in all example you have just: | Pin added to the function

If I need two ore more value does I have to do | Pin | Value1 etc

Also you said WaitPeriod_Par are the argument in sample 5, but what type is it (word, long) ? does that matter ?
Or it's an 'heritage' of the type you have when you call the function ? (so no more wrong type like in C or C++)
• Posts: 43
edited 2006-04-20 09:34
Okay I find the answer to my first question on sample 10, sorry I miss some page.
• Posts: 160
edited 2006-04-20 13:53
arno said...
Hello All,
Very interesting stuff.

But two quick question comme to my mind, how can you declar multiple local variable ?
in all example you have just: | Pin added to the function

If I need two ore more value does I have to do | Pin | Value1 etc

Also you said WaitPeriod_Par are the argument in sample 5, but what type is it (word, long) ? does that matter ?
Or it's an 'heritage' of the type you have when you call the function ? (so no more wrong type like in C or C++)
Hi Arno,

A series of local variables are declared like this: | Var1, Var2, Var3...
Both parameters and local variables are of the data type: long, which is 32 bits.
The default is long for these two items and you do not have the option to change this in Spin.

Also, WaitPeriod_Par is a parameter and WaitPeriod_Arg is an argument.·

Dave

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Post Edited (Dave Scanlan) : 4/20/2006 2:00:28 PM GMT
• Posts: 160
edited 2006-04-22 09:54

·(Serial LCD used in this example)
EXAMPLE 13
USING AN LCD TO DISPLAY COG NUMBER, CLOCK FREQUENCY, AND CTN VALUES
```
'                                      EXAMPLE 13
'
'      USING AN LCD TO DISPLAY COG NUMBER, CLOCK FREQUENCY, AND CTN VALUE
'**********************************************************************************
'IMPORTANT: This example will require an understanding of example 01
'**********************************************************************************
'WHAT'S NEW IN THIS EXAMPLE:
'   GOGID:   Returns the current COG's ID (0-7)
'   CLKFREQ: Returns the current system's clock frequency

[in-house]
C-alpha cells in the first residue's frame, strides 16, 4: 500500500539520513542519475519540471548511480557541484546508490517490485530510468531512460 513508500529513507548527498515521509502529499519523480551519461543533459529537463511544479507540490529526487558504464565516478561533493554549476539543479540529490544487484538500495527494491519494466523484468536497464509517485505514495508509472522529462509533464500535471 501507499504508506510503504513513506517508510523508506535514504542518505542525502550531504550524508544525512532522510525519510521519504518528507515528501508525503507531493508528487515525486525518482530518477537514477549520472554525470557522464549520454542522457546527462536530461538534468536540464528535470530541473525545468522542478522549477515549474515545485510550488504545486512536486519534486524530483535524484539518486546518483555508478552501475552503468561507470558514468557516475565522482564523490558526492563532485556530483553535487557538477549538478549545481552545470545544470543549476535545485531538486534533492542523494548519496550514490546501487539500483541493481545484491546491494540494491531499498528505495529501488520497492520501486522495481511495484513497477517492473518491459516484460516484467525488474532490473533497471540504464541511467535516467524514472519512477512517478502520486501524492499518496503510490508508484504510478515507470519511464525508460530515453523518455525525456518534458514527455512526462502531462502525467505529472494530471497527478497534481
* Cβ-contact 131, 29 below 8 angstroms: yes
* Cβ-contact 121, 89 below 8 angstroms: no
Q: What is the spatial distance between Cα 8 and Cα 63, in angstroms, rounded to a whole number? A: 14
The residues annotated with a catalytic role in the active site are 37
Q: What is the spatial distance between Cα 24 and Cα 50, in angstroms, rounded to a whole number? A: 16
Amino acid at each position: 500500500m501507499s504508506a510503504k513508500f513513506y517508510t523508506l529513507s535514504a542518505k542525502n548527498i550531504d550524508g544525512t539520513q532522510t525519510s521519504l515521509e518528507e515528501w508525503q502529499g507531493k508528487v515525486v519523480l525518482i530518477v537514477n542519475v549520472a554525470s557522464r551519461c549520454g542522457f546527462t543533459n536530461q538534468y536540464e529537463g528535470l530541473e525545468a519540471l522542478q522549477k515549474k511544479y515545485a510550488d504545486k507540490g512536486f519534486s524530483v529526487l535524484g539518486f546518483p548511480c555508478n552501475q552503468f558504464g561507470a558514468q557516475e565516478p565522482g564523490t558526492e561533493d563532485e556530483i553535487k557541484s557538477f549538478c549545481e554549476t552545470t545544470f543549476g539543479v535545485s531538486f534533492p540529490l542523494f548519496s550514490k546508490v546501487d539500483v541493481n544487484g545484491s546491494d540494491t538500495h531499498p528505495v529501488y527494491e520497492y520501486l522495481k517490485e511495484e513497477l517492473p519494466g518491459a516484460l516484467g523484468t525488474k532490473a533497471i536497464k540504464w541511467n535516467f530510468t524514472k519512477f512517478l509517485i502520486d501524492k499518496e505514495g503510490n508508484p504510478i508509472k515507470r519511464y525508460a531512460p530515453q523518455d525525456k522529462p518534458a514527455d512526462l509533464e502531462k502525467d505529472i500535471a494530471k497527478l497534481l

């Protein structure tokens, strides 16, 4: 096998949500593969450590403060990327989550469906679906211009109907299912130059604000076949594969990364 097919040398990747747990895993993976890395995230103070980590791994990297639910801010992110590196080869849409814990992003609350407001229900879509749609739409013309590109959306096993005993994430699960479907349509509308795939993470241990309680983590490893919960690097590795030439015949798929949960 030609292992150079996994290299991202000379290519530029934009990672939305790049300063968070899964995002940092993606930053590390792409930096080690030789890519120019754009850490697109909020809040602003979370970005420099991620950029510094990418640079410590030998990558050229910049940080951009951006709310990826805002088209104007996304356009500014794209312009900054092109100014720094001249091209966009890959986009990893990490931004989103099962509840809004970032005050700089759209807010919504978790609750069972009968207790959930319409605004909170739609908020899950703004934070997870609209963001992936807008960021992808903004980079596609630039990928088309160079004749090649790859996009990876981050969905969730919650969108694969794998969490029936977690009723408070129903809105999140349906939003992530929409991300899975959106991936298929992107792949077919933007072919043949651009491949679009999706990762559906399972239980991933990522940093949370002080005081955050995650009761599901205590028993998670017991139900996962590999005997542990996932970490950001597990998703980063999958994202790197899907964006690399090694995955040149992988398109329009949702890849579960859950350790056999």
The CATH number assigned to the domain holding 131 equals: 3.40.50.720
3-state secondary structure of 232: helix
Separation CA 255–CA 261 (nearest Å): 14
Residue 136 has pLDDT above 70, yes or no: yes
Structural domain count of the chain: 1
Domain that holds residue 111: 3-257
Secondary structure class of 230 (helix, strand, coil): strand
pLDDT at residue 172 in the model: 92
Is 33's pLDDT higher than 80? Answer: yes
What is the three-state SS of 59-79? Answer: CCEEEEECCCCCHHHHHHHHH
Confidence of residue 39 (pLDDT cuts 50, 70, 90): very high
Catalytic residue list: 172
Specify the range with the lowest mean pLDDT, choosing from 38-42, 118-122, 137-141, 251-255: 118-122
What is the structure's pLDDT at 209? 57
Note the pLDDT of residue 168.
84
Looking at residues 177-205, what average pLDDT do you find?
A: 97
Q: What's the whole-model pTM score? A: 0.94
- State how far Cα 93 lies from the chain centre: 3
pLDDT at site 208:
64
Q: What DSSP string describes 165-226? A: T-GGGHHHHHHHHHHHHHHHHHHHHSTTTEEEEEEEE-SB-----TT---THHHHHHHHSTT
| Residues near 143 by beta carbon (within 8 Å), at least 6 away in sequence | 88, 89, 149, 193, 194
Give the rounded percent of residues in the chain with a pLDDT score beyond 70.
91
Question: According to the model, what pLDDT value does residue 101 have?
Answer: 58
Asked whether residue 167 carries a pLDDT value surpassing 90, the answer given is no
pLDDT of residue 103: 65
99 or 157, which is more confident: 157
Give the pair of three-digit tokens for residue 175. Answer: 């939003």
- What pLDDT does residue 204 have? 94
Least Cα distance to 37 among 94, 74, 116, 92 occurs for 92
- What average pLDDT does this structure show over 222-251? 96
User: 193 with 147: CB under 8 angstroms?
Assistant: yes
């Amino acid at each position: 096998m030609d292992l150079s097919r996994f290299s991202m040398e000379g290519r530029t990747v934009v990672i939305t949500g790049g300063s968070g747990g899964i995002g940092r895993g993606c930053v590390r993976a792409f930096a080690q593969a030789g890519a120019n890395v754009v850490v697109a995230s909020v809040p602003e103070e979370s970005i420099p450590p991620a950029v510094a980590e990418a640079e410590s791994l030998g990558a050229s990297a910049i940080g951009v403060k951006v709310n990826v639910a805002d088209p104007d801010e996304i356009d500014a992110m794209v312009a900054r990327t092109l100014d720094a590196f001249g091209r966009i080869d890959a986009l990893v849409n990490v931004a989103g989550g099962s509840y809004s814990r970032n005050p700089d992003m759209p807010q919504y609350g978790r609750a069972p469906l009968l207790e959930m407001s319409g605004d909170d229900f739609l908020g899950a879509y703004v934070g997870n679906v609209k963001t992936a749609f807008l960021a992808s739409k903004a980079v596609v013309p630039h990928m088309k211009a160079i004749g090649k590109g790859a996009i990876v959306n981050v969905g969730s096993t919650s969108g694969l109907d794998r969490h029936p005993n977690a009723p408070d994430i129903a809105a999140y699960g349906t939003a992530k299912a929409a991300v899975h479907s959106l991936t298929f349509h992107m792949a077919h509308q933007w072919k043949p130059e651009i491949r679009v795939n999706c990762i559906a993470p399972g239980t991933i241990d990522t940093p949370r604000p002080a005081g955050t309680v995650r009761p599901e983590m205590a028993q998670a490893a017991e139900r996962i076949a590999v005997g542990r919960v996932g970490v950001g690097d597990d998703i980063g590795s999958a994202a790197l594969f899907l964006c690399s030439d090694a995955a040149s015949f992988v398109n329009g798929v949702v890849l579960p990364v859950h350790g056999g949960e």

'   CNT:     Returns the current 32-bit System Counter Register value.  CNT is the
'            system counter that is incremented once every clock cycle.  In this
'            example, it is incremented 80 million times each second, and updated
'            on the LCD display every second.
'   LCD:     This example was tested on Parallax's serial 4x20
'            (4 lines by 20 characters) display with a backlight. (Stock#: 27979)
'**********************************************************************************
'DIFFICULTY LEVEL: VERY EASY
'**********************************************************************************
'PURPOSE:
'  -- The purpose of this example is to display "some" of the system values on a
'     4x20 LCD module. These values are: GOGID, CLKFREQ, and CNT.
'
'Submitted by Dave Scanlan, April 22, 2006
'File: Example13_DisplaySystemValues
'**********************************************************************************
'CORRECT OUTPUT: The LCD will display a title, the current cog's ID, the clock
'                frequency, and the CNT(System Counter Register value).
'                Note: The CNT value changes 80 million times each second. Its
'                      current value will be updated on the LCD panel after a
'                      one-second delay. See the LCD format below:
'
'                                      4x20 LCD Module
'                               &#9474;&#61574;&#61574;&#61574;&#61574;&#61574;&#61574;&#61574;&#61574;&#61574;&#61574;&#61574;&#61574;&#61574;&#61574;&#61574;&#61574;&#61574;&#61574;&#61574;&#61574;&#61574;&#61574;&#61574;&#61574;&#61574;&#61574;&#9474;
'                               &#9474;      SYSTEM VALUES       &#9474;
'                               &#9474;  GOG ID:X                &#9474;